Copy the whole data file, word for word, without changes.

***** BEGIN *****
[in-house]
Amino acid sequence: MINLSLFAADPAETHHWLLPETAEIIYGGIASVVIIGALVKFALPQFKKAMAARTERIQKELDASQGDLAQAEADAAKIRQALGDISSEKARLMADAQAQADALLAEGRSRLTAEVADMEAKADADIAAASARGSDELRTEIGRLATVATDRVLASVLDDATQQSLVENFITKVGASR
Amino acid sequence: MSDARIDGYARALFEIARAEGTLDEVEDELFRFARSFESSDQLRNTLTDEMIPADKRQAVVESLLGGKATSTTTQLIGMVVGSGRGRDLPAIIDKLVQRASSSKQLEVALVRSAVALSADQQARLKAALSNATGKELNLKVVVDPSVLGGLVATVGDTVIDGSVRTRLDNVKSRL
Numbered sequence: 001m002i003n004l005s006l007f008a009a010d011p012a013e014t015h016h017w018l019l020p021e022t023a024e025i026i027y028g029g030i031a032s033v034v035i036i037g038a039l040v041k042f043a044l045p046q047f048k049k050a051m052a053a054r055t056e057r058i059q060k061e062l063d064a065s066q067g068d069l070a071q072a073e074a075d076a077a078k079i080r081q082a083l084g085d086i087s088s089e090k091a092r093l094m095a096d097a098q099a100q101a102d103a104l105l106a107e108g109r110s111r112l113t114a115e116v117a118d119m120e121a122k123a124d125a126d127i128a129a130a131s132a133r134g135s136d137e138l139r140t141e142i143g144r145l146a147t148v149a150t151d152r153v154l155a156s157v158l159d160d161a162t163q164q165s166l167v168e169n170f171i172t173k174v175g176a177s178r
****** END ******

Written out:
[in-house]
Amino acid sequence: MINLSLFAADPAETHHWLLPETAEIIYGGIASVVIIGALVKFALPQFKKAMAARTERIQKELDASQGDLAQAEADAAKIRQALGDISSEKARLMADAQAQADALLAEGRSRLTAEVADMEAKADADIAAASARGSDELRTEIGRLATVATDRVLASVLDDATQQSLVENFITKVGASR
Amino acid sequence: MSDARIDGYARALFEIARAEGTLDEVEDELFRFARSFESSDQLRNTLTDEMIPADKRQAVVESLLGGKATSTTTQLIGMVVGSGRGRDLPAIIDKLVQRASSSKQLEVALVRSAVALSADQQARLKAALSNATGKELNLKVVVDPSVLGGLVATVGDTVIDGSVRTRLDNVKSRL
Numbered sequence: 001m002i003n004l005s006l007f008a009a010d011p012a013e014t015h016h017w018l019l020p021e022t023a024e025i026i027y028g029g030i031a032s033v034v035i036i037g038a039l040v041k042f043a044l045p046q047f048k049k050a051m052a053a054r055t056e057r058i059q060k061e062l063d064a065s066q067g068d069l070a071q072a073e074a075d076a077a078k079i080r081q082a083l084g085d086i087s088s089e090k091a092r093l094m095a096d097a098q099a100q101a102d103a104l105l106a107e108g109r110s111r112l113t114a115e116v117a118d119m120e121a122k123a124d125a126d127i128a129a130a131s132a133r134g135s136d137e138l139r140t141e142i143g144r145l146a147t148v149a150t151d152r153v154l155a156s157v158l159d160d161a162t163q164q165s166l167v168e169n170f171i172t173k174v175g176a177s178r